The session beer.
The term, essentially meaning a low-alcohol beer, has been in fairly common use for many years, but seems to have become something of a fad as of late. Perhaps the recent rise is in response to ever-increasing ABV levels of challenging and complex, hoppy, and barrel-aged beers, but it seems to me like the term is on the upswing for its obvious appeal to both beer drinkers and beer makers alike: Drinkers are obviously game for the implied “drinking session” and brewers are happy to have an alternative to the derogatory-sounding term “Light Beer”.
But it’s also become something of a controversial moniker.
The idea that a beer is crafted for “drinking sessions” can fairly easily be seen to encourage irresponsible drinking. After all, what is a “a drinking session,” really but cleverly-worded binge-drinking?
Accordingly, as the term continues to be used in the beer world, opinions on “the session beer” are already fairly varied, but now there is perhaps another angle to consider: What about the session beer as a healthy alternative?
That’s essentially the concept that’s been proposed by new research claiming drinking might be made a little more healthy by “reducing the alcohol content of beverages such as beer and wine by a small amount to reduce the effects of ethanol, the most-harmful ingredient in alcoholic beverages.”
Quoting a health policy paper published on August 10th, a recent CBC article from the same day suggests that even a minor reduction in the ABV of drinks–from 5.5% to 4.5%–can have beneficial health impacts.
(If you want to read the policy paper that the Ceeb was referencing, you’ll need to register with the journal Lancet Gastroenterology & Hepatology. Or, if you don’t want to sign up for scientific articles about the liver and the digestive system, shoot me an email and I’ll send you the article since I registered.)
The study actually makes a strong case for making all beer more “sessionable”:
“We are proposing, that the alcohol content of alcoholic beverages [be] reduced,” said the paper’s lead author, Jurgen Rehm, director of the institute for mental health policy research at the Centre for Addiction and Mental Health (CAMH).
“That means we should, for example, reduce the [alcohol] content of beer from an average of 5.5 per cent to an average of 4.5 per cent.”
Interestingly, the study may have also inadvertently debunked the concept of the session-beer-as-binge-drinking-vehicle myth. Specifically, it seems we are actually unlikely to drink more beer just because it is lower in alcohol.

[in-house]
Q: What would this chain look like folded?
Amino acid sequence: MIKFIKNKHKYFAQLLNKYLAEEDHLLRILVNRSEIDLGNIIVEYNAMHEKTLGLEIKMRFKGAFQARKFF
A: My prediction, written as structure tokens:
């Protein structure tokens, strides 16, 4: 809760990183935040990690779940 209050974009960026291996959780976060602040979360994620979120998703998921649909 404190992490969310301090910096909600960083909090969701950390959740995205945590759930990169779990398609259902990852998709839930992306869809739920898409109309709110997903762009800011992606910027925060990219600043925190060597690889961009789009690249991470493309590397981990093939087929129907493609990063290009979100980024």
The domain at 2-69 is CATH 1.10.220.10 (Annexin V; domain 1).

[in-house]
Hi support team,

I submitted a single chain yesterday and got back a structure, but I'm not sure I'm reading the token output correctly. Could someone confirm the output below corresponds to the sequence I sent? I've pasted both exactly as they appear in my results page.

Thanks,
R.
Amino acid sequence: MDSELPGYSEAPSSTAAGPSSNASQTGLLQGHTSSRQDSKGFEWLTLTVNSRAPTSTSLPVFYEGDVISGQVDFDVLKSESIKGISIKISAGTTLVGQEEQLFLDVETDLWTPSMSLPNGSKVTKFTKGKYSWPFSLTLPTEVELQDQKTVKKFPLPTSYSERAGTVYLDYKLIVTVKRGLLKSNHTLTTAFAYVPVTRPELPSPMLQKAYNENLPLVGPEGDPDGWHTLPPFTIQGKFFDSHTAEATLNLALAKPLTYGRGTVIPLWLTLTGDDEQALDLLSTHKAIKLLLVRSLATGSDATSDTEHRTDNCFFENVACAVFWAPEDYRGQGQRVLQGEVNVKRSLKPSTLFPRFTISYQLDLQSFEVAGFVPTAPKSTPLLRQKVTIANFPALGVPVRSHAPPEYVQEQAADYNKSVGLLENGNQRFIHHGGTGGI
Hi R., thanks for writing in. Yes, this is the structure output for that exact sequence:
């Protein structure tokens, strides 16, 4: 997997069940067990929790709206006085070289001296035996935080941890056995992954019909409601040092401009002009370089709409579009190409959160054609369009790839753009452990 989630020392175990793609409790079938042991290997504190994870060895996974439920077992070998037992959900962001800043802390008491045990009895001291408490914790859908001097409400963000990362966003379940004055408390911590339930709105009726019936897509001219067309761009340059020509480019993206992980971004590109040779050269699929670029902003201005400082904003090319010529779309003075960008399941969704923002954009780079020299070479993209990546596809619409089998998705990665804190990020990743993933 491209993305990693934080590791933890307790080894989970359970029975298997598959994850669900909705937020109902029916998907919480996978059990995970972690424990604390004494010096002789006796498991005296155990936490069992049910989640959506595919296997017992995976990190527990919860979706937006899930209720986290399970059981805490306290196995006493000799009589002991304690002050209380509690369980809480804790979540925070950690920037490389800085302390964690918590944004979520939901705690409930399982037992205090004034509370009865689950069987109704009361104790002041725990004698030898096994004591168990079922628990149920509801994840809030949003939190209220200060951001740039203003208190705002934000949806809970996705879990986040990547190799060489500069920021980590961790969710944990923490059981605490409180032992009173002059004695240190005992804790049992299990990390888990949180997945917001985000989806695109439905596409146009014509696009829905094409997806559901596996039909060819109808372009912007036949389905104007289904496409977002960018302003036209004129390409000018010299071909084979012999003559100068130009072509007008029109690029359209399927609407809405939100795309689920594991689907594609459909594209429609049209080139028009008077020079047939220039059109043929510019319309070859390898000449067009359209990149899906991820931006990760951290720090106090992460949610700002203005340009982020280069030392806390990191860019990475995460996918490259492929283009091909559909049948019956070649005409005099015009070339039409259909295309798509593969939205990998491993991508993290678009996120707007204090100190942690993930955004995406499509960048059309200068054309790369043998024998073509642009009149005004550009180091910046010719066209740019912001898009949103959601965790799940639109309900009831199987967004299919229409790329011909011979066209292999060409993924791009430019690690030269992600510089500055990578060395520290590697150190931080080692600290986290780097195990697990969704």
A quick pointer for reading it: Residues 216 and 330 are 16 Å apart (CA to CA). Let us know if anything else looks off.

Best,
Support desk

Hilariously, to test their theories, those leading the study took to the mecca of excessive drinking, fraternities, and found that introducing low-alcohol or session beers neither slowed down nor increased Sully and the Kappa Sig bros beer ponging:
“A randomised trial in which the ethanol content in university fraternity parties was manipulated found that low-alcohol beer was not recognised and did not lead to increased drinking volumes”
Obviously, the students who had been assigned reduced alcohol drinks were less drunk than their full-strength counterparts but they didn’t drink more of it to compensate and, importantly, the study notes they “still reported they had fun at the party.” Kappa Sig parties rule!
The CBC article also notes another, perhaps cursory health effect of low-alcohol beer: Public safety. A second study in Australia, for example, recently revealed that a tax placed on all alcohol with more than 3% ABV led to a decrease in average alcohol levels in beer and this coincided with a drop in alcohol-related deaths, traffic collisions, and accidents.
And so session beer, a perhaps gimmicky, somewhat lazy term, might actually be shorthand for a healthier beer alternative.
The only trouble here for me is how this knowledge might be applied and exactly how the industry as a whole might promote low-alcohol beer.
Two suggestions offered by the study’s writers were to increase the presence of low alcohol beer in retail environments and to tax high alcohol drinks more. Neither of these would be beneficial to craft brewers, obviously. Caps on alcohol levels, as we’ve seen in the US, are very often a limit to creativity. The less restrictions brewers have on the liquid they make, the more likely they are to try weird stuff and the broader our availability of styles is. And that’s obviously a good thing. If, for example, the LCBO started favouring stocking lower-alcohol beer on its shelves, it’s logical that a) shitty macro beers would gain even more shelf space or b) Ontario brewers would focus more effort on those styles and we’d have even more boring homogenity in the Ontario market (Can you say Lite Ontario Pale Ale?). And that would not be good.
So too would a tax favouring certain styles inevitably begin to dictate the market, which would lead to similarly lame results. If it became expensive to make high ABV beers, the usually-not-rolling-in-dough brewers who like to make barrel-aged stouts, for example, would be less likely to do so. And that would obviously suck.
So while I’m not in favour of enacting legislation to promote its presence in the market, I’m happy to have the “session beer” on shelves and, the next time I pick up a case of 4.5% beer, I’ll take comfort in knowing I’m doing something healthy.
One final, interesting but barely-mentioned note at the bottom of the CBC article:
One of the paper’s authors received financial support from Anheuser-Busch for travel and attendance of meetings, done outside of the paper.